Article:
Over the past year and a half, NECAP has collected and generated a staggering amount of rich data. For each of our four partner towns, we now have: community-wide data from our Triton polls, a Stakeholder Assessment, a Risk Assessment, before- and after-survey data from each of numerous workshops, notes from the debriefing section of each workshop, and transcripts or memos from follow-up interviews with 20-30% of participants. Needless to say, diving into all of this data and starting to craft a “case study” for each town has been both an overwhelming and fascinating process. To provide a quick peak at this process, I wanted to take a moment to share some initial findings in what I consider to be one of our most interesting data sets: the follow-up interviews. As the Research Assistant for the Town of Barnstable, I conducted follow-up phone interviews with about 30% of Barnstable workshop participants (4-6 weeks after the workshop). These conversations have easily been one of my favorite parts about working on NECAP. Even though I (roughly) followed a standardized protocol of interview questions, no two follow-up interviews were alike. Still, some general themes have emerged from my comprehensive initial analysis of the follow-up interviews. For example, 33 out of 38 interviewees (or ~ 89%) said they thought the consensus building approach to climate adaptation modeled by our workshops could help their community prepare for climate change. Similarly, 26 out of 38 (or ~ 68%) of interviewees said they thought that role-play simulations, such as the “Coastal Flooding in Shoreham” game that participants played in our Barnstable workshops, could help their community learn about approaches to climate adaptation. Of course, not everything said by interviewees was sunshine and rainbows. Three out of 38 interviewees (or ~ 8%) felt strongly that climate adaptation was not needed and were highly critical of the content and/or structure of the workshops. More commonly, interviewees who were supportive of climate adaptation and had positive responses to our workshops offered me various critique and suggestions, such as their feelings that our workshops were simply “preaching to the choir.” Indeed, recruiting participants with a diversity of backgrounds and beliefs was a challenge our team tried its best to address since our workshop content naturally drew a more environmentally-concerned crowd. However, the “preaching to the choir” critique actually makes me even more optimistic that a consensus building approach to climate adaptation in Barnstable could make a great difference. To me, this suggests that Barnstable residents genuinely want to hear and deliberate with viewpoints different from their own. Such open-minded attitudes would go far towards developing a successful consensus building approach to climate adaptation. Ultimately, we’ve collected a ton a great data. But, in my opinion, the follow- up interviews provide some really invaluable insights that will help put some of our more quantitative data sets into perspective. Stay tuned for a more formal analysis of the follow-up interviews and much more coming this spring and summer!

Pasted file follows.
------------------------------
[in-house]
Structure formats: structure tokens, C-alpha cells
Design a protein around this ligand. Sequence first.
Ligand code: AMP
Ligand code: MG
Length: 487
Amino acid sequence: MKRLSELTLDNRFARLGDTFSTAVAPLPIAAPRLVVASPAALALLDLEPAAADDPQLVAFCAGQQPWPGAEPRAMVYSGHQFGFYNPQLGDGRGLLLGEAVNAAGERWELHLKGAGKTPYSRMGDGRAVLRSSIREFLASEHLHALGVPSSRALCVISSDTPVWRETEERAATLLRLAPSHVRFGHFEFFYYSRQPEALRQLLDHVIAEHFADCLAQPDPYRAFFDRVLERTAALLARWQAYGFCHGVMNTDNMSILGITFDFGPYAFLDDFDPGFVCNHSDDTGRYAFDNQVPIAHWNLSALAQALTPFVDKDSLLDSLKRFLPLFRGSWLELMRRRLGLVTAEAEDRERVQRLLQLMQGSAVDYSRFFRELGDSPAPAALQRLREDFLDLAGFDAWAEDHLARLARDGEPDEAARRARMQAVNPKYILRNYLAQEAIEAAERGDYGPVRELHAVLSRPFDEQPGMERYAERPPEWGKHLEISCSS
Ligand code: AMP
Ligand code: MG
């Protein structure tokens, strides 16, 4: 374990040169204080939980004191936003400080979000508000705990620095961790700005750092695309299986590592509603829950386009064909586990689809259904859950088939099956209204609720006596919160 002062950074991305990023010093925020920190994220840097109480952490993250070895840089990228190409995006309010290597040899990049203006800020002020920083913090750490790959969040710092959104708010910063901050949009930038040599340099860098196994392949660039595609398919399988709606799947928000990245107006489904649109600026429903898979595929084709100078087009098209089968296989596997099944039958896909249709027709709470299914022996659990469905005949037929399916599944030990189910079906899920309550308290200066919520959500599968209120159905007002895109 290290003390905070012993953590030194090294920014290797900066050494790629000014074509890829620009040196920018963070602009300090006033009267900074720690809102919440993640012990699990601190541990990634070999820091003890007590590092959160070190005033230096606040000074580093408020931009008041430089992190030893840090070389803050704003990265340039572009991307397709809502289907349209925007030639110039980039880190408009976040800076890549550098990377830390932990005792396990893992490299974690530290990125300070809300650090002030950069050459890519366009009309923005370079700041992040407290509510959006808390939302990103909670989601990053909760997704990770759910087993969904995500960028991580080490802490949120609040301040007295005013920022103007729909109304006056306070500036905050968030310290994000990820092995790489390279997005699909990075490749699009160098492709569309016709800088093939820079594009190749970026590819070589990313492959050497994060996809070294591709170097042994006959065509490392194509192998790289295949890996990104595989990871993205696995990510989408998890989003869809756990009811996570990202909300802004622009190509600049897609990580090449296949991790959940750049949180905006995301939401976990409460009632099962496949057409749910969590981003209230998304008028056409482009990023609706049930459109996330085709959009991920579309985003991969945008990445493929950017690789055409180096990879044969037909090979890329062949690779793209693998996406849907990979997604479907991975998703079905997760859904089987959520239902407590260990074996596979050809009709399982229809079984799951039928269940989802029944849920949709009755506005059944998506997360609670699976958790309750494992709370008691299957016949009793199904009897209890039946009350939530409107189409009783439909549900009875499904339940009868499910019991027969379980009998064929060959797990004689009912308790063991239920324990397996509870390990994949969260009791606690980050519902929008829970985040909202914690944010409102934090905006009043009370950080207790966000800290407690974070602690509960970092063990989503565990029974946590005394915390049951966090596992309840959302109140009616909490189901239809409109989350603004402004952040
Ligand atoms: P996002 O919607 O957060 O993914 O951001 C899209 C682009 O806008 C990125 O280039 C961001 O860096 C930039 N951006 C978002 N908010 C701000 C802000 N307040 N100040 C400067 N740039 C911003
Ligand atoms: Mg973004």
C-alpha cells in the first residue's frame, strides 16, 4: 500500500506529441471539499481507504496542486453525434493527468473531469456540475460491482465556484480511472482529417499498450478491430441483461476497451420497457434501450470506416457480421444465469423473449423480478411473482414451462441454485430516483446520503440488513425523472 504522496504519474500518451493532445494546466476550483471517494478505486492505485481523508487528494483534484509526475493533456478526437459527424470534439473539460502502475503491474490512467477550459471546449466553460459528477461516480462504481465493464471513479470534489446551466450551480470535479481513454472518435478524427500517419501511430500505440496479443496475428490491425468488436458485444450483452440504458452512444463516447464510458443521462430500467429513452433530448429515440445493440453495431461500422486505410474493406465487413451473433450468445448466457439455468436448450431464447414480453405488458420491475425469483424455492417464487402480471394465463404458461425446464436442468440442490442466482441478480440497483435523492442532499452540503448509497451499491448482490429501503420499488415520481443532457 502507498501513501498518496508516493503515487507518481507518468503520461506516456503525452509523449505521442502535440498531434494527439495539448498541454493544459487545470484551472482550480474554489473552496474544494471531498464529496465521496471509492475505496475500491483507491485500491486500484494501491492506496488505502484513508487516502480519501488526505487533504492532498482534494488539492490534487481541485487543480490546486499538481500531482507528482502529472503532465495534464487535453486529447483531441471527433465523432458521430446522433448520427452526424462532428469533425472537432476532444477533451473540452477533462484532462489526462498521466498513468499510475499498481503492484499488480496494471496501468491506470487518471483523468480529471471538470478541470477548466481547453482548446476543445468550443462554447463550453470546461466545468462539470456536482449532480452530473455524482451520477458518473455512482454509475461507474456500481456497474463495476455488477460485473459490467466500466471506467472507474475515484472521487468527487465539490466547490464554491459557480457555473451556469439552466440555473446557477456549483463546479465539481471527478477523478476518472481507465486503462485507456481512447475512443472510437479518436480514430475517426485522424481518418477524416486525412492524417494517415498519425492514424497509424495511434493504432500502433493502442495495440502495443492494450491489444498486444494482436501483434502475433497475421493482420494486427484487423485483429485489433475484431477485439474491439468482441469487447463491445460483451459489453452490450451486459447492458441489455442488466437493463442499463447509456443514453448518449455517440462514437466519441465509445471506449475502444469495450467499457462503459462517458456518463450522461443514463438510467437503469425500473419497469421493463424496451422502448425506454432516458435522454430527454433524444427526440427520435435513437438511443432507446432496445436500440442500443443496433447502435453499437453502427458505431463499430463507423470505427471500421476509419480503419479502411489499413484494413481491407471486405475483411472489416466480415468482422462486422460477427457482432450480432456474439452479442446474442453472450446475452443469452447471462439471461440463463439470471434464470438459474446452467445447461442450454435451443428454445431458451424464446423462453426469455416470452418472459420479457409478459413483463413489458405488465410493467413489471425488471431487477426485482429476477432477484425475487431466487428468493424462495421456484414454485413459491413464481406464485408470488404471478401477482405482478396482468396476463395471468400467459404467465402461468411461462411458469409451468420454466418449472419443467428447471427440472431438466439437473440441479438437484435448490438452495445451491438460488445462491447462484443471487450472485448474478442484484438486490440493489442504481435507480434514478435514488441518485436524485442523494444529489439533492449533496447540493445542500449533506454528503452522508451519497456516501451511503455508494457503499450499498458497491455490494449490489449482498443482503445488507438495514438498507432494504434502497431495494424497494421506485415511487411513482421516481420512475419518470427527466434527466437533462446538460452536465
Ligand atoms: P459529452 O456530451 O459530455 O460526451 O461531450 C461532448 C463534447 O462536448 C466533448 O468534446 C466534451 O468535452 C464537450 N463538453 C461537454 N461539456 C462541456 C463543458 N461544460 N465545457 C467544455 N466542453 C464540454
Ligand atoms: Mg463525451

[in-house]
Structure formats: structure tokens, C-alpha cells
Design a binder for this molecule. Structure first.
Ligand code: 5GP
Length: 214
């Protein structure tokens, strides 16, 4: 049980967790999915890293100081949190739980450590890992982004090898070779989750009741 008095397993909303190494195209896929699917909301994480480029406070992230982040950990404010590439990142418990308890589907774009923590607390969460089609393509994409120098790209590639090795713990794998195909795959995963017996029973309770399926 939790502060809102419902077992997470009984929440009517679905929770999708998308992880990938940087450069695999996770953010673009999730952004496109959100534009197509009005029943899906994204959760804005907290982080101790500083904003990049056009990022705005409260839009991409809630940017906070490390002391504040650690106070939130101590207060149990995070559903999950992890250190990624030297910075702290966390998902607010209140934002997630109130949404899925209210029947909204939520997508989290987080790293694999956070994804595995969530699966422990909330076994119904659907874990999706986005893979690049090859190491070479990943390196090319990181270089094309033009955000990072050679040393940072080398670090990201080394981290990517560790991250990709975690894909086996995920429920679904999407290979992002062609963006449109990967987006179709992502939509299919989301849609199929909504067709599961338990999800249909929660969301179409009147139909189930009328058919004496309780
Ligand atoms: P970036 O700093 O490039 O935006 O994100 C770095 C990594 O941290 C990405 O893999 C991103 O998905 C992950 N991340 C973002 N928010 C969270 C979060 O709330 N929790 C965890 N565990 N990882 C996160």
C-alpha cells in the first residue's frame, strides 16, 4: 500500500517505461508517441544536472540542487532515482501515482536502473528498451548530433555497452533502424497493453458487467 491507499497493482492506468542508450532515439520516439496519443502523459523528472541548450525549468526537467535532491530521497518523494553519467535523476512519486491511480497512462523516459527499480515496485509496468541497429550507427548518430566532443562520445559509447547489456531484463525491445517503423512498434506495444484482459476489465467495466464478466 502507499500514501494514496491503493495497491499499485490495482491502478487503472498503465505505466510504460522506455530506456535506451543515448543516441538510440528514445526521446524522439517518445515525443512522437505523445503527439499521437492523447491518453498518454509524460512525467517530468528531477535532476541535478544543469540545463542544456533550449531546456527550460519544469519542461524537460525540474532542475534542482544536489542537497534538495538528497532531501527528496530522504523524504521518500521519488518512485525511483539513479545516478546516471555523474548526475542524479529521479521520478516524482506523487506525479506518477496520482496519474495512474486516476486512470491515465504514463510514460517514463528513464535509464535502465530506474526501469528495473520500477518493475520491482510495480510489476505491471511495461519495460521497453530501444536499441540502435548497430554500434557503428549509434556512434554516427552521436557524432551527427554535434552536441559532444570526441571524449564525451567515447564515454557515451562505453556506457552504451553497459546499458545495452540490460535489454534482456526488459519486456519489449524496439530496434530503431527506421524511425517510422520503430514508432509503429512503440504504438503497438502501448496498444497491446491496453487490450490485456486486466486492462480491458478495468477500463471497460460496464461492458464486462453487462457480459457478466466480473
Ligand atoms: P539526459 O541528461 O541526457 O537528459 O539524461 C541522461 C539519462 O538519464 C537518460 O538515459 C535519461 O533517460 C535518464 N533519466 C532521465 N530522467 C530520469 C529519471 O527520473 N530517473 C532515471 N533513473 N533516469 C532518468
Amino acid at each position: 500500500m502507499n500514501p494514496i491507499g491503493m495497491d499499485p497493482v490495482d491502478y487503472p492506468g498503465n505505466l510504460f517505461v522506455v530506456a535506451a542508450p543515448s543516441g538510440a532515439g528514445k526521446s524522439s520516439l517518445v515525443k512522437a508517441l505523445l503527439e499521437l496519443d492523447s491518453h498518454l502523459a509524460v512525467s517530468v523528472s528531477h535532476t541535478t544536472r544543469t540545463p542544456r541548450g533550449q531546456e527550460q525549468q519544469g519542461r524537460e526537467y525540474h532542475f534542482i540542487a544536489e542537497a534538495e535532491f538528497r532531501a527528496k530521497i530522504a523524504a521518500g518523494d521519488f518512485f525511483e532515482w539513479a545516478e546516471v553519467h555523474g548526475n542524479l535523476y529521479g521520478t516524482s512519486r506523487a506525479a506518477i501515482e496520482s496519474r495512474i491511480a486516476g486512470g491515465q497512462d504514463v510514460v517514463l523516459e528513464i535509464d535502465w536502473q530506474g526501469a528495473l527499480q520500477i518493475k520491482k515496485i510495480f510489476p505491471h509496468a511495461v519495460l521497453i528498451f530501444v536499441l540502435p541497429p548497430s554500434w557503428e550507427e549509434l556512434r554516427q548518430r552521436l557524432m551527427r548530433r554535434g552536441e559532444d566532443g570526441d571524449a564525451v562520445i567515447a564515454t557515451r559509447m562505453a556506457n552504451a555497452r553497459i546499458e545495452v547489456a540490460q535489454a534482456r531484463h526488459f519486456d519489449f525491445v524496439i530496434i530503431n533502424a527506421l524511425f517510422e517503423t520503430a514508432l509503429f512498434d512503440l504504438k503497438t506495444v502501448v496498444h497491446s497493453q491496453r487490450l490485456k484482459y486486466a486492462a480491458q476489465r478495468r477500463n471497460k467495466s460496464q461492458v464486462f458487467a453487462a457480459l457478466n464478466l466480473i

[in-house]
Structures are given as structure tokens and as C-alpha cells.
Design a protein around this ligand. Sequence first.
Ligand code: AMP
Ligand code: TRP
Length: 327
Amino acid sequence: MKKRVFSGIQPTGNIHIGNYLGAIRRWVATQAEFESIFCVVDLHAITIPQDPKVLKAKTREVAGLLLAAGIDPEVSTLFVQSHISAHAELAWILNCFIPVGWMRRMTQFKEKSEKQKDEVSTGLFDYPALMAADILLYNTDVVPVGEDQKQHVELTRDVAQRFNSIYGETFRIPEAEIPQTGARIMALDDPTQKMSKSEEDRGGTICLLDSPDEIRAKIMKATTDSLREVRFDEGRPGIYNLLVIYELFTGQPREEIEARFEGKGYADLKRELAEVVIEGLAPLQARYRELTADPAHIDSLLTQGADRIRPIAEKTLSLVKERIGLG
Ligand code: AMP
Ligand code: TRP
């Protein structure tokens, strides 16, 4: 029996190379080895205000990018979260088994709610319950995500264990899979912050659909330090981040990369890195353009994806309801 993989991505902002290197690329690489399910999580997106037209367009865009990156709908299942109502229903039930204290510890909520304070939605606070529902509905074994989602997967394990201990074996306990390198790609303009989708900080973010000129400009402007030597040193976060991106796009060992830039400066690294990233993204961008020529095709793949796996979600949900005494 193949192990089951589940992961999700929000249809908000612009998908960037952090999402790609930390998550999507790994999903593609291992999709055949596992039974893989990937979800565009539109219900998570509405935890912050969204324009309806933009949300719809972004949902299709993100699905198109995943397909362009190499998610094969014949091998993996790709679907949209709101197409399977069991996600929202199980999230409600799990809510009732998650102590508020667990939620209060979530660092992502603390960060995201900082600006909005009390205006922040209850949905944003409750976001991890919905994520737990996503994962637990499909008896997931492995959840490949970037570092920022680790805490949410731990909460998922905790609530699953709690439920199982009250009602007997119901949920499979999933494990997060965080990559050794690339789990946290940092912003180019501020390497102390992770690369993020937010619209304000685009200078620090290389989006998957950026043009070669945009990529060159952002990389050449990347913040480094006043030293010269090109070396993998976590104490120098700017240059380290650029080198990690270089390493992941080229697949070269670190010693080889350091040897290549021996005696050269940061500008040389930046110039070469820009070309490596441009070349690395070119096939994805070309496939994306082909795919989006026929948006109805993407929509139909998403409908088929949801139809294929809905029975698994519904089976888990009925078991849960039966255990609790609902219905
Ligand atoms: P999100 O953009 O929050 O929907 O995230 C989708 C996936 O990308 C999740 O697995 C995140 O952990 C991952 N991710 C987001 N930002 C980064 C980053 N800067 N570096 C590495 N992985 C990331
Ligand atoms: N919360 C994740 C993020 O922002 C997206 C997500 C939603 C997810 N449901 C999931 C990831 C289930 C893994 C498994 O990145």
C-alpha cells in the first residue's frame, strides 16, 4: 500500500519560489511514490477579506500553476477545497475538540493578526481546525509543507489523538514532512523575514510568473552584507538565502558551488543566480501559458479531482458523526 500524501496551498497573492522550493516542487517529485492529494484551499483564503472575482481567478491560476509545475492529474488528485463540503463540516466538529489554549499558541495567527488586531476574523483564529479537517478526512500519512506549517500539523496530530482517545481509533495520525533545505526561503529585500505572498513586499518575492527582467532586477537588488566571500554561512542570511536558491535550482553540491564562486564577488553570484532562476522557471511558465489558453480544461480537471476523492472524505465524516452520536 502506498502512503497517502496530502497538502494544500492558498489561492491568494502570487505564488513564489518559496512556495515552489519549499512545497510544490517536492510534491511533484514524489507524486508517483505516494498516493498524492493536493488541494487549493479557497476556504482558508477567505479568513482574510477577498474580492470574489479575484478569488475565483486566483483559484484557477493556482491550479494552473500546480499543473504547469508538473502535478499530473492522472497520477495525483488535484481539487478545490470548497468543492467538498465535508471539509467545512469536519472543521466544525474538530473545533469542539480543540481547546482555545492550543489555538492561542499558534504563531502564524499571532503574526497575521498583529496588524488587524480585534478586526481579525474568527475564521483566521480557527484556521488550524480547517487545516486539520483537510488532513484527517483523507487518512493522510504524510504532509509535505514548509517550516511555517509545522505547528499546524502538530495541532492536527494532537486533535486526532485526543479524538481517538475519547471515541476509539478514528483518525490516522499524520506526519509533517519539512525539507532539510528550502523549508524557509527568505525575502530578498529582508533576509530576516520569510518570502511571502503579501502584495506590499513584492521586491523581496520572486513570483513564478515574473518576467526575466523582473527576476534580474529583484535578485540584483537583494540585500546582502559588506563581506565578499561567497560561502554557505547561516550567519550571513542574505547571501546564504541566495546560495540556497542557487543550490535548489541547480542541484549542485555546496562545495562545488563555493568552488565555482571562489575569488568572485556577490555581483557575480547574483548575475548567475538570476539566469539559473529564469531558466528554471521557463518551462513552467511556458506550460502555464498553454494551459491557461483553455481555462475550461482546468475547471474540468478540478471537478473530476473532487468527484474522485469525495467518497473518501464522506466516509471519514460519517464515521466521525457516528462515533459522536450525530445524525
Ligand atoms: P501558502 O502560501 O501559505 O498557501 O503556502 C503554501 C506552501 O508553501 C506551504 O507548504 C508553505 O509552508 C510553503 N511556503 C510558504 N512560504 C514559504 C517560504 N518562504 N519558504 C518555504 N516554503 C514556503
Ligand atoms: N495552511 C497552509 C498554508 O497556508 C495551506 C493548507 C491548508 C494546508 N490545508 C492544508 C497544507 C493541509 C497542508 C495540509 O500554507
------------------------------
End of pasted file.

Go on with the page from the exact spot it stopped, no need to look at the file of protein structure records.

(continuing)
-Katie Blizzard, Research Assistant and Master in City Planning Candidate